Skip to main content

Senator Mike Duffy is trailed by media as he arrives at the Senate on Parliament Hill in Ottawa on Oct. 22, 2013.SEAN KILPATRICK/The Canadian Press

Mike Duffy defended himself in the Senate Tuesday, as members of the Red Chamber debated whether to suspend Mr. Duffy and two other senators because of improperly claimed expenses. At the heart of the scandal is the question of what Prime Minister Stephen Harper and his staff knew about Mr. Duffy's expenses and how he repaid the claims. Many of the players have given differing accounts of what happened.


Media: In December of last year, the Ottawa Citizen reported that Mr. Duffy had claimed $33,000 in residence allowances since 2010 for a cottage in Cavendish, PEI, as his primary residence, despite the fact that he has lived near Ottawa for decades.

The Senate's internal economy committee asked independent auditors to review Mr. Duffy's expenses in February. The Deloitte audit, released in May, 2013, found that the residency requirement rules were unclear, but still resulted in the internal economy committee asking that Mr. Duffy repay $90,000 in expenses (which he'd already done by this point).

Mr. Duffy's version: 'A smear'

Ever since the story first broke in December, Mr. Duffy has maintained his innocence. In his speech to the Senate Tuesday, he said that he immediately contacted Nigel Wright, the Prime Minister's then-chief of staff, after reports first surfaced, saying he had done nothing wrong.

"Nigel Wright e-mailed me back, saying he had my expenses checked and he was satisfied that my accounts were in order, that all was in compliance with Senate rules," he said.

Mr. Duffy added that, in a meeting with Mr. Harper, the Prime Minister told him "It's not about what you did; it's about the perception of what you did that has been created in the media."

RCMP's version: Two counts of breach of trust and one of fraud against the government

In documents released in July, the RCMP allege that Mr. Duffy committed a breach of trust by filing inappropriate expense claims. The documents also allege that Mr. Duffy's acceptance of a $90,000 cheque from Mr. Wright to repay the expenses runs contrary to the Criminal Code.

PMO'S version: 'Disappointed and upset' by some senators

In a public speech to his caucus days after Mr. Wright resigned in May, Mr. Harper tried to contain the fallout from the larger scandal, saying he was disappointed and upset by some Senators and his office. Mr. Harper told MPs and senators that if any wanted to use their status for their own benefit they should "leave this room."


PMO'S version: Just Duffy and Wright

Throughout the Duffy expense scandal, Mr. Harper has maintained that his former chief of staff told no one of the arrangement to repay the $90,000, and that the decision was made by Mr. Wright alone.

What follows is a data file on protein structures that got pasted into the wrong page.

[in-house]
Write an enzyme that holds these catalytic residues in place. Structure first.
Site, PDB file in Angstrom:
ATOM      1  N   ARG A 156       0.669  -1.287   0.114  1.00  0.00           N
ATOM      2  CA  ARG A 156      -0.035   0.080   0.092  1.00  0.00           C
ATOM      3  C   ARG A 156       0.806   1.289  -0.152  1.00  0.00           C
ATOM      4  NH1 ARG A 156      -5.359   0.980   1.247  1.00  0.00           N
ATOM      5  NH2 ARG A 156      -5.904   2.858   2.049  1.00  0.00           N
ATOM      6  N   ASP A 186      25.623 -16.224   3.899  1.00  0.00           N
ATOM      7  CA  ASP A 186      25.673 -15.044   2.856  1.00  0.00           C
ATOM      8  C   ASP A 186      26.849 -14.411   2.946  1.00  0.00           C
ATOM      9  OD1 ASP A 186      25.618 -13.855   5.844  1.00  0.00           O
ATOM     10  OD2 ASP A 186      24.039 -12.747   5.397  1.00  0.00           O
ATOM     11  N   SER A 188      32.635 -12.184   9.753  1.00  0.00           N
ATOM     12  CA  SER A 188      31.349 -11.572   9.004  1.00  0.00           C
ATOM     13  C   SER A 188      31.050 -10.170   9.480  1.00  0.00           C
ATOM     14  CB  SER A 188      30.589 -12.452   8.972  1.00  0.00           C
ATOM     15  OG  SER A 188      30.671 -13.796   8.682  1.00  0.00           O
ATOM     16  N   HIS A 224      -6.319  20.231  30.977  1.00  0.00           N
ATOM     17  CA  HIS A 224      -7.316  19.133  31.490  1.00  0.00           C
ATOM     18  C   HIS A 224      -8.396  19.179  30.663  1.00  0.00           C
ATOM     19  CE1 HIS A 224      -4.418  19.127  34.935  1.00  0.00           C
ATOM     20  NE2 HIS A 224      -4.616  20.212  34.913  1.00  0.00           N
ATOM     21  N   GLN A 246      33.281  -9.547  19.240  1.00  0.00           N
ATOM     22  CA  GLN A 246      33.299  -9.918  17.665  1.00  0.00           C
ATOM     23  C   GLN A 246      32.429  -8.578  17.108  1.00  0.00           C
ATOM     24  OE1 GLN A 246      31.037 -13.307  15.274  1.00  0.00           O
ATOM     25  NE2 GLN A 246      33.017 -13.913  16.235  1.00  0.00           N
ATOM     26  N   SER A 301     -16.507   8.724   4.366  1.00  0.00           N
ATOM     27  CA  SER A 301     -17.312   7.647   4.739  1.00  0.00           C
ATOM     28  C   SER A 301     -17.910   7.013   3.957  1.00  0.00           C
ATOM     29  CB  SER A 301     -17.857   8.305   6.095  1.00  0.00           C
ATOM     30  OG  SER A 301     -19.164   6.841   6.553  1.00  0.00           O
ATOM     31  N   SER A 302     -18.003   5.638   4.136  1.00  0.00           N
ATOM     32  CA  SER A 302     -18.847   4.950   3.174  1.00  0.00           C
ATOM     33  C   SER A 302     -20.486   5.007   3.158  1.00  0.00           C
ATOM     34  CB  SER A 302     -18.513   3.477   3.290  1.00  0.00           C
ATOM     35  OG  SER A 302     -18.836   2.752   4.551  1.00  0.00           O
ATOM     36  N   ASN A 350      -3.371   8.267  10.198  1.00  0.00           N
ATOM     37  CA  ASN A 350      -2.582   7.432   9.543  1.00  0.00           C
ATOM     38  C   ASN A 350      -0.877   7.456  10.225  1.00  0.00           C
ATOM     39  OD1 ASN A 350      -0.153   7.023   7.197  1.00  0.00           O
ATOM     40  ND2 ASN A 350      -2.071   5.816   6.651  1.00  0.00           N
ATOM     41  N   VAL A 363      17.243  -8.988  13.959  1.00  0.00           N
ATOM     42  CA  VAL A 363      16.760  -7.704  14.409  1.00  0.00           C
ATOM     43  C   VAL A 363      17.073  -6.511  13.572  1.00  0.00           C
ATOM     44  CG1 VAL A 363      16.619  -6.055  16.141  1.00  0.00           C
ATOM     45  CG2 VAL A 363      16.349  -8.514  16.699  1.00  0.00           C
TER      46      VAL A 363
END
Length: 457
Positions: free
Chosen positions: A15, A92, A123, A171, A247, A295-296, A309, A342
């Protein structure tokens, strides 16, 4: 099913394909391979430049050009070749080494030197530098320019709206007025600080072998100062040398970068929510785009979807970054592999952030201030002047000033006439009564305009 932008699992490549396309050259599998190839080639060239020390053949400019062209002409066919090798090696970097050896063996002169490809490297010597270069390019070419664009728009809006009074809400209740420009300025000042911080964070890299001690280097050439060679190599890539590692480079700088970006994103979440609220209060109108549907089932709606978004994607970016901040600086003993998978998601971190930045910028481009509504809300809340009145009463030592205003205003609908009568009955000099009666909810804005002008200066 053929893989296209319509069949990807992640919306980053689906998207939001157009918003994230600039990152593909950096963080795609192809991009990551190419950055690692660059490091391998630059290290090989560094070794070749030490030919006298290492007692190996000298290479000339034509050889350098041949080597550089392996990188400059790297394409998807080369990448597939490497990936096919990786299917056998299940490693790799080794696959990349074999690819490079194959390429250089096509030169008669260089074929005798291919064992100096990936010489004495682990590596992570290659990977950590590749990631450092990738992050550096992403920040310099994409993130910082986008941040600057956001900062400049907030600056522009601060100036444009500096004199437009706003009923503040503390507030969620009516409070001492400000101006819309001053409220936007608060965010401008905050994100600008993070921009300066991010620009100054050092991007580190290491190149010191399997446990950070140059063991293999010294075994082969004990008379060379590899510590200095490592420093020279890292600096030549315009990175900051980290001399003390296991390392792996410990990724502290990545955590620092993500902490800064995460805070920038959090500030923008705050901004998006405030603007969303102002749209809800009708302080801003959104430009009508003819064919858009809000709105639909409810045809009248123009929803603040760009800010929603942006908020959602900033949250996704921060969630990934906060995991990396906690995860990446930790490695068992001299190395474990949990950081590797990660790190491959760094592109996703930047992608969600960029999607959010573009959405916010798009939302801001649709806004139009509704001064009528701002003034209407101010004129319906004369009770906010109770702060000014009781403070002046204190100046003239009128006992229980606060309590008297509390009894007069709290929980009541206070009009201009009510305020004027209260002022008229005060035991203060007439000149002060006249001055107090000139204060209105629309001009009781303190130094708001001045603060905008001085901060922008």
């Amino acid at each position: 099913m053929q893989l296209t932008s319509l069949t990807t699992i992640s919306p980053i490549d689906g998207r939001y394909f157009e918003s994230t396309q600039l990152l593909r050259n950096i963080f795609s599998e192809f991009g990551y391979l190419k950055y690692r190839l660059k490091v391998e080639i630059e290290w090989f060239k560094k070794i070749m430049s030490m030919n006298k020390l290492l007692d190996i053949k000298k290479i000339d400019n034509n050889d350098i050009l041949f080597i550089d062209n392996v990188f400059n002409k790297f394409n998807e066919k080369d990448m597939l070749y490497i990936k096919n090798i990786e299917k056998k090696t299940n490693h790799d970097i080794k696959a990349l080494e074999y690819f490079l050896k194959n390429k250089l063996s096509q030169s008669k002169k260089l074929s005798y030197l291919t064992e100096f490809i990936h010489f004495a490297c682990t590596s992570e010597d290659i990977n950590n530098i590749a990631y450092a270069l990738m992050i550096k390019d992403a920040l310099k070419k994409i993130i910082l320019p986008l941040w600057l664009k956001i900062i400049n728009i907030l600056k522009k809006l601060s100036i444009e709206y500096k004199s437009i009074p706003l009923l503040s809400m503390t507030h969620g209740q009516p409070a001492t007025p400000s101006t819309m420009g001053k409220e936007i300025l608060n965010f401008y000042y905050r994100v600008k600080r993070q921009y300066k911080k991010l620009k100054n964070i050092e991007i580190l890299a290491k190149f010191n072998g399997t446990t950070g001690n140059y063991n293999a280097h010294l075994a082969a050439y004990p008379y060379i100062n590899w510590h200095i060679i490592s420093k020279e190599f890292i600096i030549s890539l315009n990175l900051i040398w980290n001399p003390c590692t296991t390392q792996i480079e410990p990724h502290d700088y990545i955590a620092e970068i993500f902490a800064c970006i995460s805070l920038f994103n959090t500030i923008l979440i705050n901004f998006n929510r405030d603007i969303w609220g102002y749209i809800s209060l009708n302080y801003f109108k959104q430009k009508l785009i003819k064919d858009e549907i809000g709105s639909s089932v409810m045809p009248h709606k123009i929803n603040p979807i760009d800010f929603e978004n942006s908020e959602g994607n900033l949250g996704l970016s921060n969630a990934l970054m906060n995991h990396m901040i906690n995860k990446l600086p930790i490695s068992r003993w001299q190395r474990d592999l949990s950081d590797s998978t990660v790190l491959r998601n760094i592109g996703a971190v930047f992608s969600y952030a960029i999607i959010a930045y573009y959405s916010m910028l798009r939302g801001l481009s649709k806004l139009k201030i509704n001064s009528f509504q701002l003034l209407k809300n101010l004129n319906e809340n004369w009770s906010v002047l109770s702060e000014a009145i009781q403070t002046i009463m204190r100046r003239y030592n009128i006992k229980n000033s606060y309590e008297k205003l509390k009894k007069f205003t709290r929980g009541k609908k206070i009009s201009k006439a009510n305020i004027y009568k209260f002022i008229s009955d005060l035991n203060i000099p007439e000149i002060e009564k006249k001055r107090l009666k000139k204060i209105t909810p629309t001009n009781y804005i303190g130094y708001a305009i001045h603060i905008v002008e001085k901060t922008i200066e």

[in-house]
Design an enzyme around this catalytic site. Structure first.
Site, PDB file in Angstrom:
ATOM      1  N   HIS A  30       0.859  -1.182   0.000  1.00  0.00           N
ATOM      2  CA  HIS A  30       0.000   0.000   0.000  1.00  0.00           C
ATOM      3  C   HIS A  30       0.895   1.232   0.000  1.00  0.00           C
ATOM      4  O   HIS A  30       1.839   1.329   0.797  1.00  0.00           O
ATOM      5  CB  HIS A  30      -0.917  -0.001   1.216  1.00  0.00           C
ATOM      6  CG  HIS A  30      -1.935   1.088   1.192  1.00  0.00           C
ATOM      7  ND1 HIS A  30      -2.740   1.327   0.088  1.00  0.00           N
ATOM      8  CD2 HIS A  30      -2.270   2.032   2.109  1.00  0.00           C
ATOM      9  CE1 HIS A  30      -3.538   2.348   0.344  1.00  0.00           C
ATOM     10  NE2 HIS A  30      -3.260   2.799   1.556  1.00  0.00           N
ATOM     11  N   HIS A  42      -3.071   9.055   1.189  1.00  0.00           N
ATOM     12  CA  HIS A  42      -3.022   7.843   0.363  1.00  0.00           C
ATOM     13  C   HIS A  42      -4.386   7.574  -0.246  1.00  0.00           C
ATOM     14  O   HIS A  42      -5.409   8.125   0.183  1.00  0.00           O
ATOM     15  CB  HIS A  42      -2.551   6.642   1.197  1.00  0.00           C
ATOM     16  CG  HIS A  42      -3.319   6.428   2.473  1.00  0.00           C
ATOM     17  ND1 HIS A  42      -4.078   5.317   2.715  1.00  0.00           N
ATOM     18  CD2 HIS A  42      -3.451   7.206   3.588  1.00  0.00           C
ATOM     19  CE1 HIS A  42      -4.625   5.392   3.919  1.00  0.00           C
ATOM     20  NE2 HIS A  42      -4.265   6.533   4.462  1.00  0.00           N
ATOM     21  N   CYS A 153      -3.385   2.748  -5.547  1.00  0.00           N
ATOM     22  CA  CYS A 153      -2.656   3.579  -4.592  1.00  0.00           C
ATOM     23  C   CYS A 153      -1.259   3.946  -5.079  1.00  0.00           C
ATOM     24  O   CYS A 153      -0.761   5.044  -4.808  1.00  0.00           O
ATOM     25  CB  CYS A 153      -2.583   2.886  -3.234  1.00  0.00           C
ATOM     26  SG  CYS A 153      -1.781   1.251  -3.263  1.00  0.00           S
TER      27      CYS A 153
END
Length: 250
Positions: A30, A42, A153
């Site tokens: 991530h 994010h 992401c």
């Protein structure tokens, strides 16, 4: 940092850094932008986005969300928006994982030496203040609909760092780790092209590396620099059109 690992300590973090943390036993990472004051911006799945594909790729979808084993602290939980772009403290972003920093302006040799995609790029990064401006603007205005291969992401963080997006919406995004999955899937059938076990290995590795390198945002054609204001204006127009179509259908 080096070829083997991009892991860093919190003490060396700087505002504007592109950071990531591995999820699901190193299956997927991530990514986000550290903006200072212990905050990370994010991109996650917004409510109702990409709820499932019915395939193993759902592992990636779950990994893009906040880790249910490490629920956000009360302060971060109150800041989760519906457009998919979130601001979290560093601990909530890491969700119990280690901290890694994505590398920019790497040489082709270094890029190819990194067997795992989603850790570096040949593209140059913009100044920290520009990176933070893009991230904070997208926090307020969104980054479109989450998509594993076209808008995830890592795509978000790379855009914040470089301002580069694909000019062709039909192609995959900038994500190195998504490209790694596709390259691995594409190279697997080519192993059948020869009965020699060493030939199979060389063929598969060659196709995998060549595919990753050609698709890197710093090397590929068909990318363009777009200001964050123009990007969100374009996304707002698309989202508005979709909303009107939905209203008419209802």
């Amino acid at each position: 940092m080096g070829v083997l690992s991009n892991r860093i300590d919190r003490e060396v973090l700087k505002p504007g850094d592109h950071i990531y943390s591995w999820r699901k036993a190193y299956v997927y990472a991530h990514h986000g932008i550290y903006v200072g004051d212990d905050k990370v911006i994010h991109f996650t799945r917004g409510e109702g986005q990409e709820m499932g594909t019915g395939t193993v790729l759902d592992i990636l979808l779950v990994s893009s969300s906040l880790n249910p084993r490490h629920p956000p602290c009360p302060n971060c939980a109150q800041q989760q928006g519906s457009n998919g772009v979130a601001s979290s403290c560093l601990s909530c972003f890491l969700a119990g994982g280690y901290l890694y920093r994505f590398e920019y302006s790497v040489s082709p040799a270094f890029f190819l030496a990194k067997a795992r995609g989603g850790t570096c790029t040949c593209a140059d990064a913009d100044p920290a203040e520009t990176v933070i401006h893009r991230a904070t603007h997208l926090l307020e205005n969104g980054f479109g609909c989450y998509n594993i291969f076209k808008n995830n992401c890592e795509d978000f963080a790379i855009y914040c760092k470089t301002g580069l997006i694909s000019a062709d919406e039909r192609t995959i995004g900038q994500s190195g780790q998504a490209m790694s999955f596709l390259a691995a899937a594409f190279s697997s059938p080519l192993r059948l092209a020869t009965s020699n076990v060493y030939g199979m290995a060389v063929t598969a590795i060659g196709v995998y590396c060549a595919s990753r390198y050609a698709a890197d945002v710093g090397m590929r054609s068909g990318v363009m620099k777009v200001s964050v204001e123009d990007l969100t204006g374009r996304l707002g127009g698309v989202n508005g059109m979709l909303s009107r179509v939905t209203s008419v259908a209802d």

"This was not a decision of the office, it was a decision of Mr. Wright. And he will be held accountable for that," Mr. Harper told The Globe in July.

Mr. Wright resigned from the PMO in May.

RCMP'S version: Duffy, Wright, and several PMO staffers

In its probe of the expense scandal, the RCMP released an affidavit in July revealing that the Conservative Party had planned on repaying Mr. Duffy's expenses before realizing how much it would cost.

The RCMP also said that at least three members of the PMO aside from Mr. Wright knew of the plan to repay the expenses: Chris Woodcock, director of issues management (who has since left the PMO), legal adviser Benjamin Perrin (who has also left the PMO), and David van Hemmen.

Duffy's version: The PMO, Senate leadership, and many others

In his speech to the Senate Tuesday, Mr. Duffy claimed that the PMO was intimately involved with his decisions immediately after news first surfaced of the questionable expenses. He said he had a private meeting with Prime Minister Harper and Mr. Wright in February, in which he said both Mr. Harper and Mr. Wright urged him to repay the expenses.

When the decision was made for Mr. Wright to write the $90,000 cheque, Mr. Duffy added, it involved several lawyers from the PMO. He added that there was "an undertaking made by the PMO, with the agreement of the Senate leadership," not to audit him.


Duffy's version: There definitely is a paper trail

In his speech on Tuesday, Mr. Duffy said his lawyer, along with lawyers representing the Prime Minister's Office and the Conservative Party negotiated "elaborate undertakings" that he "would not be audited by Deloitte, that I'd be given a pass" and that if the "phoney scheme" ever became public Senator Marjory LeBreton, who was then government leader in the Senate and later resigned, would prevent his expulsion from the Red Chamber.

"The e-mail chain shows it took hours of shuttling back and forth as the lawyers checked with their principals about the guarantees they were going to give to ensure that I wasn't censured for going along with this PMO scheme," Mr. Duffy said. "Given all of those e-mails, you can imagine my shock when I heard there's not a single document about all of this in the PMO, not one."

Privy Council's version: 'Does not exist'

The website of the Privy Council Office, the bureaucratic arm that advises the PMO and cabinet, shows that multiple requests under the Access to Information Act for records mentioning Mr. Duffy had the same response: "Does not exist."